I recently advised a friend to ditch her Mac and get a PC. (Those situations do arise!*)
But she wants to keep her iTunes library. I know how to move the music and then the library file from one Mac to another, but what's the best method to move from Mac to Windows?
I'd like to keep all the playcounts, playlists, etc.--stuff contained only in Apple iTunes Library file (not, as I understand it, in the XML which contains only certain info).
If it can't be done, it can't, but I thought I'd ask (Burning a stack of CDs is not an option.)
* Her Mac needs a 3-prong outlet, and she can't afford to have an electrician install any in her new apartment. Rather than frying the Mac (since surge protectors need 3 prongs), she bought a cheap Dell. A REALLY cheap Dell--you get what you pay for, but I think it was a good purchase given her constraints. I helped her cherry-pick features to get the cost down below $400 on a Celoron laptop.
Yes, pretty much. She also very much wanted a laptop instead of a desktop, but that was secondary. There was no ideal solution for her, so she had to face a non-ideal reality.
If she had kept using her Mac (or rather MY old Mac on loan) without proper grounding and surge protection, it might have lasted a year. It might have lasted two. Or it might have lasted a week, and then fried along with all her data. (My grandmother's iMac was fried by bad power without proper protection.)
Her landlord wouldn't put in 3-prong outlets, and is not legally required to have them, it turns out. An electrician friend volunteered to help, but even the conduits in the walls are not grounded in this old building. So a 2-to-3 adapter wouldn't work: the grounding would be absent.
So after a few weeks of exploring options, she just needed a 2-prong computer (laptop) for next to nothing. $400 was the best we could do. (A netbook wouldn't have run her applications well enough.)
She's already fighting viruses--she's not computer-savvy--but is planning to get a Mac someday again. Meanwhile she mostly runs Web stuff, and her family is giving her Windows tech support so it's off my shoulders.
I looked at a refurb Mini, but that seems to need 3 prongs too (and was hundreds of dollars out of her budget: $500 plus a display).
(A REALLY old used Mac would have cost about the same--but with no warranty and in many ways less capability than a brand-new Dell.)
WoW talk about being tripped out - as I was reading your post the power went off spooky
That is correct there is no law that says he has to retrofit with 3 prong , since the the building is grounded at the meters "exterior" - However todays building codes do require all 3 prong and grounding through out . Sounds funny don't it ?
Original Intent ; Before they believed that grounding the exterior at the meters protects the building from lightning strikes . Power surges and bad appliances the fuse box will take care of that - decades latter appliances power draw grew and grew and became more sensitive with electronics logic boards and such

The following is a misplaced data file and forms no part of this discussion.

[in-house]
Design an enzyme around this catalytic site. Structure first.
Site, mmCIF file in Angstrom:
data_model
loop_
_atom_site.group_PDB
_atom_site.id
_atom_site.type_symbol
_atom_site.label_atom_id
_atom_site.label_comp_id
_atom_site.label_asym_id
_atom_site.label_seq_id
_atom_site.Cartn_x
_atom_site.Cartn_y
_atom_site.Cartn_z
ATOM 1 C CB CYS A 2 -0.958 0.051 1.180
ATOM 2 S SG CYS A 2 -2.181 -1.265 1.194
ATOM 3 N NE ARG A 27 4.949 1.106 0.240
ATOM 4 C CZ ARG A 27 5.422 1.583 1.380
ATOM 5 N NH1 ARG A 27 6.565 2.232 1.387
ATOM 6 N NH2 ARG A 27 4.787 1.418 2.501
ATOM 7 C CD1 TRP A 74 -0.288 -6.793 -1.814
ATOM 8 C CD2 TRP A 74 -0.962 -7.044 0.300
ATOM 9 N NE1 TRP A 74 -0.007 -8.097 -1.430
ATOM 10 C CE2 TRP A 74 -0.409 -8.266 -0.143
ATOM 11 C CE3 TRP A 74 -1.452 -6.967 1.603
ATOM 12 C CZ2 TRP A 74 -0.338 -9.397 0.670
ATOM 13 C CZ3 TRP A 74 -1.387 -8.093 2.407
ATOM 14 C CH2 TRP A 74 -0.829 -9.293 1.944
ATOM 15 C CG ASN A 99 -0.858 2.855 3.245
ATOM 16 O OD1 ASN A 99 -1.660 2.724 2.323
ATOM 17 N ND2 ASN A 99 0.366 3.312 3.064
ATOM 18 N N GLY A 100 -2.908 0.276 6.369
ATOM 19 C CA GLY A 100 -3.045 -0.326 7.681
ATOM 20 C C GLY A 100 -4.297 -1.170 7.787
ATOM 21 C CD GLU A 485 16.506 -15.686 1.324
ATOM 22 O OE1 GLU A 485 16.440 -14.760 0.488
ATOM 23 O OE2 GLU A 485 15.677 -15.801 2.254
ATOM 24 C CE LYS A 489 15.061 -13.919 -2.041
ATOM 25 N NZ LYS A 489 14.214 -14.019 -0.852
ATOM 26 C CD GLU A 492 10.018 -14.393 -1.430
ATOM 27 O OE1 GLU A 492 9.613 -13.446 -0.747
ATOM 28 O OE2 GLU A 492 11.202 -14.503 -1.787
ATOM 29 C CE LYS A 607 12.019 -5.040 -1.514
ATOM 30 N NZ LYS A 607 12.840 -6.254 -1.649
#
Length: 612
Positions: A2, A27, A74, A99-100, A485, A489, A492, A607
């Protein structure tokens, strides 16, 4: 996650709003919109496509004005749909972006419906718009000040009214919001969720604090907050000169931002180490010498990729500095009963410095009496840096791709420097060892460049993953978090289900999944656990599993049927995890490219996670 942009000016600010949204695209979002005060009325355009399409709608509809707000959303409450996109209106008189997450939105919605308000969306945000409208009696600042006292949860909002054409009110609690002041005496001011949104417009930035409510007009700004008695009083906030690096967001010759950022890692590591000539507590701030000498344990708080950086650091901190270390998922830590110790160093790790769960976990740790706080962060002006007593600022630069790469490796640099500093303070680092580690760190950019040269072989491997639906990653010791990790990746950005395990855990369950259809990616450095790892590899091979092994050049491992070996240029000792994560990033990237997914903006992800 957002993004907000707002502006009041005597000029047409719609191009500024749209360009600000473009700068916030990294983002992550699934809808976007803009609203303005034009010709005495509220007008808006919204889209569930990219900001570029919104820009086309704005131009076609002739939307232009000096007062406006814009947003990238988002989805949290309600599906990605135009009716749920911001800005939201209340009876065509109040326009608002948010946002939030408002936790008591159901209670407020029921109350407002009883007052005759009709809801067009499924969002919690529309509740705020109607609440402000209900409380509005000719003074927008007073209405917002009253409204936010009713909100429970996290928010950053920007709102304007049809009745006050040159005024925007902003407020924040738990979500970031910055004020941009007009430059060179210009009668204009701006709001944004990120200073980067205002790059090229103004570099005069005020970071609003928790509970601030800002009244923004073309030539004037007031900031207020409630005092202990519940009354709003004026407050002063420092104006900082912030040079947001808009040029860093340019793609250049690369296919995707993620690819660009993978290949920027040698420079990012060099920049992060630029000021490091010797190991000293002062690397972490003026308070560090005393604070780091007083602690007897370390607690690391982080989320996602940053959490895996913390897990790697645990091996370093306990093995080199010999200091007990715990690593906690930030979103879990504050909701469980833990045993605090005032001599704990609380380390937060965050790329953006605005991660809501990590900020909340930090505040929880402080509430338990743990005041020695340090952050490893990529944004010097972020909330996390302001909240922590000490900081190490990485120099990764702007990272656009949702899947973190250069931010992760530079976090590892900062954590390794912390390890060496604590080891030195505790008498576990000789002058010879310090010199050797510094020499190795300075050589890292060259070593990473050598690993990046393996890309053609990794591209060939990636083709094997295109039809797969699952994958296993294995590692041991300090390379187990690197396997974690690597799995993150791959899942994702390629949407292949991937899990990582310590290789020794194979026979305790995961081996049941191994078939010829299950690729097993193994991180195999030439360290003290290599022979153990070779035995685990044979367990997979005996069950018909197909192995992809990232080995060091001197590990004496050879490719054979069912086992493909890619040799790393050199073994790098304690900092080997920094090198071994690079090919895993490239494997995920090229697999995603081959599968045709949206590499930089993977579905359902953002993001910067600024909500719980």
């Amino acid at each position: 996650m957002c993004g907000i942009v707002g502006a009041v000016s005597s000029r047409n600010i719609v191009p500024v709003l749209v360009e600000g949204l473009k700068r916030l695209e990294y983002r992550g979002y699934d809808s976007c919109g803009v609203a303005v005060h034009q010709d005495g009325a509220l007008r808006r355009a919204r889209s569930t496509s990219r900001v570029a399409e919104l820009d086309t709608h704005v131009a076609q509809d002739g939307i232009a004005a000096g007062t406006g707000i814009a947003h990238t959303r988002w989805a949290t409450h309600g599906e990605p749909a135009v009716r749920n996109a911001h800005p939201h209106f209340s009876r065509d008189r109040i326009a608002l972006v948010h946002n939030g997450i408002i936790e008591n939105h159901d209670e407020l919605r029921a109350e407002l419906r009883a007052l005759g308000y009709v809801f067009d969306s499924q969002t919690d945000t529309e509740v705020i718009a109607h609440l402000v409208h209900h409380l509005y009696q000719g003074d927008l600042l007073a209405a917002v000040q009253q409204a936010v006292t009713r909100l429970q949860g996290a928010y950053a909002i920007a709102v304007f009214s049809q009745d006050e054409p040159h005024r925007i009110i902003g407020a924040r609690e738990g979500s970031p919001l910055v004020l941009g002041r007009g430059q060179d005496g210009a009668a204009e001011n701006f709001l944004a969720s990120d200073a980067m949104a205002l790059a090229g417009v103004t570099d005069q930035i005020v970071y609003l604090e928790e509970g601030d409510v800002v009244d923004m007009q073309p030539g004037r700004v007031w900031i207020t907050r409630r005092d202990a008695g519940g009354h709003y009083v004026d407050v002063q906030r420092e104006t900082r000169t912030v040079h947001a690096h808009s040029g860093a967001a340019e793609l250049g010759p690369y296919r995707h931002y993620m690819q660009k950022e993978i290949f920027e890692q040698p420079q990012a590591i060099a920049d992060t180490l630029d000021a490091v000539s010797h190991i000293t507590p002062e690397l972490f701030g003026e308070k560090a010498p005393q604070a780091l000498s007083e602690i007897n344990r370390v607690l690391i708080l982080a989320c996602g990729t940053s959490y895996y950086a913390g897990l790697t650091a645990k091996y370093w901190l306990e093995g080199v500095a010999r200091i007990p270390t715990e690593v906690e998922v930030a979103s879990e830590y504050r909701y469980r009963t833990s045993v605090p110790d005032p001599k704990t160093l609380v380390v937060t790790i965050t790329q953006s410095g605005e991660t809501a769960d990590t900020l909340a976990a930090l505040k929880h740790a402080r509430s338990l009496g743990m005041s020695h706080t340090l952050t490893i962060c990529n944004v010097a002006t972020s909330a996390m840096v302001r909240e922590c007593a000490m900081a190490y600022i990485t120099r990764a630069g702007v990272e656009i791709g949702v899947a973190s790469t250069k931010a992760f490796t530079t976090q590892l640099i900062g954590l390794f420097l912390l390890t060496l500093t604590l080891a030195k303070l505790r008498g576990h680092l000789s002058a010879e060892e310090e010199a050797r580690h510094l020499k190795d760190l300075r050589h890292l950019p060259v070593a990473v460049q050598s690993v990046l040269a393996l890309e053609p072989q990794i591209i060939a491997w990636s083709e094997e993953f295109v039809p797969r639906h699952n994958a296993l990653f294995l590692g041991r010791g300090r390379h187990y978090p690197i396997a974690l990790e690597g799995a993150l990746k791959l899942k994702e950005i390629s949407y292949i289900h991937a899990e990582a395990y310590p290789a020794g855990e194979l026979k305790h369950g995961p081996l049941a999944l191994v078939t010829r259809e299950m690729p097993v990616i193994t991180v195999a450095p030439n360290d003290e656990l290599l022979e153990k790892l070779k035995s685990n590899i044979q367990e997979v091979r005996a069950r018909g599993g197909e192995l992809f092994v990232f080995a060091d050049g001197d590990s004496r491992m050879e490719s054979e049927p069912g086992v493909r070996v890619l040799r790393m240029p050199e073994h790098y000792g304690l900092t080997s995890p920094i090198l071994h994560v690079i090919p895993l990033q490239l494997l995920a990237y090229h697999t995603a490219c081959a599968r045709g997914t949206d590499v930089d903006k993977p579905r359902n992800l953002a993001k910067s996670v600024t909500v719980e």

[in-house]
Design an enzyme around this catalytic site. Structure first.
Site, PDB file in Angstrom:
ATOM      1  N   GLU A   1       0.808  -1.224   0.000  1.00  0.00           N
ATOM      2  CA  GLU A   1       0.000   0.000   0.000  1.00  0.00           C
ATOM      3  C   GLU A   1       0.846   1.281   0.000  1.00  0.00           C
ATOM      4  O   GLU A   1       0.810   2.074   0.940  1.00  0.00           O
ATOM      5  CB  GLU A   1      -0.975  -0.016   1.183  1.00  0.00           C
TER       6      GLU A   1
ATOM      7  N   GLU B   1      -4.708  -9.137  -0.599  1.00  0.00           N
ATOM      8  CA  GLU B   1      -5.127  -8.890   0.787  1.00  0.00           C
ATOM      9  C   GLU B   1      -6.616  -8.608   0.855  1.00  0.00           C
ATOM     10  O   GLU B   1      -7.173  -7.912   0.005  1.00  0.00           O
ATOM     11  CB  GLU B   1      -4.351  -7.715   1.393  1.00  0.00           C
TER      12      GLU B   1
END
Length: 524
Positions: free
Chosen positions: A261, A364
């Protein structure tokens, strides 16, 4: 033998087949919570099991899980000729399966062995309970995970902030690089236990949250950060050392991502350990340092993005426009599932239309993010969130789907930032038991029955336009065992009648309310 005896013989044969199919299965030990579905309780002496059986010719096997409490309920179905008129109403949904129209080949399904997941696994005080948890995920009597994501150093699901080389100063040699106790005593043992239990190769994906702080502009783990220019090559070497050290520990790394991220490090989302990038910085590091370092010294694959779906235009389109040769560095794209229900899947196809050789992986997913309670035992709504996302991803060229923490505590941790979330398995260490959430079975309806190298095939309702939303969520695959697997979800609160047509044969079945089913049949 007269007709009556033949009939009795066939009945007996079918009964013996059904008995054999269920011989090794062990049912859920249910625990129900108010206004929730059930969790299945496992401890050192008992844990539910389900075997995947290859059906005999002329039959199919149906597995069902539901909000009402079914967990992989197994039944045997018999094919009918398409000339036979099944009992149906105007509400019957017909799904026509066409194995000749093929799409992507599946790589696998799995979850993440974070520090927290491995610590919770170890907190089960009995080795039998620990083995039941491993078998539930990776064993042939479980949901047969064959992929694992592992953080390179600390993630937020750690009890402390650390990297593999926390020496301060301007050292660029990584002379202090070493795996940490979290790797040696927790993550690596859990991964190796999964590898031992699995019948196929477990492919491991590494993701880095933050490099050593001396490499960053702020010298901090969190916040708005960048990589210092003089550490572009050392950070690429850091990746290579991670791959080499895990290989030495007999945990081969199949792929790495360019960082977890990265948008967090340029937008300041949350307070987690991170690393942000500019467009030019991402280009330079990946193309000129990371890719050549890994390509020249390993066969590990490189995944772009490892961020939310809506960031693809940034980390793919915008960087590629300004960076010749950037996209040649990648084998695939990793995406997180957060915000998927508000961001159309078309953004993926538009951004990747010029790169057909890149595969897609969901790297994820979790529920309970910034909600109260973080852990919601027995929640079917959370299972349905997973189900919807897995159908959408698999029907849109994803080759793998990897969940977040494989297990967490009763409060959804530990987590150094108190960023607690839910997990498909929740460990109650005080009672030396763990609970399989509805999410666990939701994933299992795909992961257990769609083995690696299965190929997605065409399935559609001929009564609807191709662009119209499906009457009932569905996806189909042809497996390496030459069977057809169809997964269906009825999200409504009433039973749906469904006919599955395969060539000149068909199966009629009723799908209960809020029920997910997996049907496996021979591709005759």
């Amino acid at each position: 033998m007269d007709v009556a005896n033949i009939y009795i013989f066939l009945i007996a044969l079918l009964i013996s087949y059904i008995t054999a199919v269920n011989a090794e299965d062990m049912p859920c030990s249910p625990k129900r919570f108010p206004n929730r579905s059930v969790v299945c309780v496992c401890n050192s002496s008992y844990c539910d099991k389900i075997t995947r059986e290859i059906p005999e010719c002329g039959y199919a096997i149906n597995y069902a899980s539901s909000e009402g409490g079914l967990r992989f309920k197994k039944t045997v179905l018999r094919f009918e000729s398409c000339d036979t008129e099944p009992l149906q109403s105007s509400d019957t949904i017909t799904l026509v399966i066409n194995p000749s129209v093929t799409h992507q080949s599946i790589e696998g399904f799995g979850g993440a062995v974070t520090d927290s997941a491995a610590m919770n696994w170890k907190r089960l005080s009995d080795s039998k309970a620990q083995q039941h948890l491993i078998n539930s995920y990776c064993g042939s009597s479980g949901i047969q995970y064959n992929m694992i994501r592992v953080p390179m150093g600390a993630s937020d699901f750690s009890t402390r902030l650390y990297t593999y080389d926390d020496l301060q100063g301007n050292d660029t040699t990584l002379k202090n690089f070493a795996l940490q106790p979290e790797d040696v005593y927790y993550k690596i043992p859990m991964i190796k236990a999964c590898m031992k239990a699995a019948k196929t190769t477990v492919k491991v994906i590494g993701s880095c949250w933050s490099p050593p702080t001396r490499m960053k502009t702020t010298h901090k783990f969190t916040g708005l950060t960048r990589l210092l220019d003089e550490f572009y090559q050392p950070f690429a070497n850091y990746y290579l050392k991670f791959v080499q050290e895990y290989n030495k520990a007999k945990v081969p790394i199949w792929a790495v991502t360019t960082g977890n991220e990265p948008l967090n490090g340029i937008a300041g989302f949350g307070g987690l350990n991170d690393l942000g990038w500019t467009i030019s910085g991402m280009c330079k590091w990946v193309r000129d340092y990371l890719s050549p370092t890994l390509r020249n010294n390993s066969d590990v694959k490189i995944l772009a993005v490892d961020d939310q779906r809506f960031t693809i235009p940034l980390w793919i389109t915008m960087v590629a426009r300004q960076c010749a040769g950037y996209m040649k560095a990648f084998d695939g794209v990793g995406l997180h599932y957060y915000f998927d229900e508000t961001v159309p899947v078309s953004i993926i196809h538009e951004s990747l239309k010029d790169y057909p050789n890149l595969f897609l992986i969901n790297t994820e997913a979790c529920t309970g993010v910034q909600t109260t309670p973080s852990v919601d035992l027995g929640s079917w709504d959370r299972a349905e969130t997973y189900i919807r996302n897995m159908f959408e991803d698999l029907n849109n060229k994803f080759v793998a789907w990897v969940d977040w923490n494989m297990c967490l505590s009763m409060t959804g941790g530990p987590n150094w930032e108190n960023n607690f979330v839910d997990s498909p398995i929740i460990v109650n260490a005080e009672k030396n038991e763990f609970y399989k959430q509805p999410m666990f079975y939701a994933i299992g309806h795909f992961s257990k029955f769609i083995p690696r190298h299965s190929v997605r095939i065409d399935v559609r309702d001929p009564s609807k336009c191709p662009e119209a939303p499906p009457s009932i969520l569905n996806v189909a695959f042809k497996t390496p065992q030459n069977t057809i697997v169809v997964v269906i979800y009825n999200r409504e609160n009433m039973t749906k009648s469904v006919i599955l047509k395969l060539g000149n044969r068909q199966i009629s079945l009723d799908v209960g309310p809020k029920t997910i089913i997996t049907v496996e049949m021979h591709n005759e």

Anyway , before they care more about the building than someone getting electrocuted
I think (around here) that if a landlord does major work of certain kinds, the outlets have to be updated in the process. But until/unless that happens, an old building doesn't need to have grounded outlets--or even the safety fault outlets in the kitchen/bathroom.
Slightly O/T, but I wonder if a device with a power adapter (like an iPhone or laptop) is somewhat better protected than a desktop computer? Could a surge fry the charger and spare the device in some cases?
Correct Only if the landlord does retro work that requires a "building permit" <- key word then he would have to adhere to the new 3 prong codes
Could a surge fry the charger and spare the device in some cases?
Yes and No depending on the surge Power adopters are basically "low voltage transducers" say from 15 amps down to the device 5 amps and would fry first but how much gets through to the device is a question - thats the job for the surge protector
Keep in mind that the ground wire is basically there for protection from electrocution and possible fire , it gives the voltage an easy route back to the ground - grounding does nothing for surge protection at all , your fuse box is the first protection , your 3 prong surge protector is the 2nd and should be more sensitive than the fuse box
In short the 3rd prong on a surge protector only protects you from electrocution does absolutely nothing to protect your devices . Thats the job for the built in trip fuse to detect a surge
* Her Mac needs a 3-prong outlet, and she can't afford to have an electrician install any in her new apartment. Rather than frying the Mac (since surge protectors need 3 prongs), she bought a cheap Dell.
You have got to be kidding me. I have a whole floor of two prong outlets in my house. Every power cord for my laptops I take a pair of pliers and wiggle that third prong back and forth. Three wiggles and it snaps off.
Problem solved. Laptops don't "need" to be grounded. It is OSHA approved overkill. Is there going to be a short to your case? No way. Towers I might add a ground wire which is an easy connection to the screw that holds the wall plate on but I don't think I ever bothered with that.
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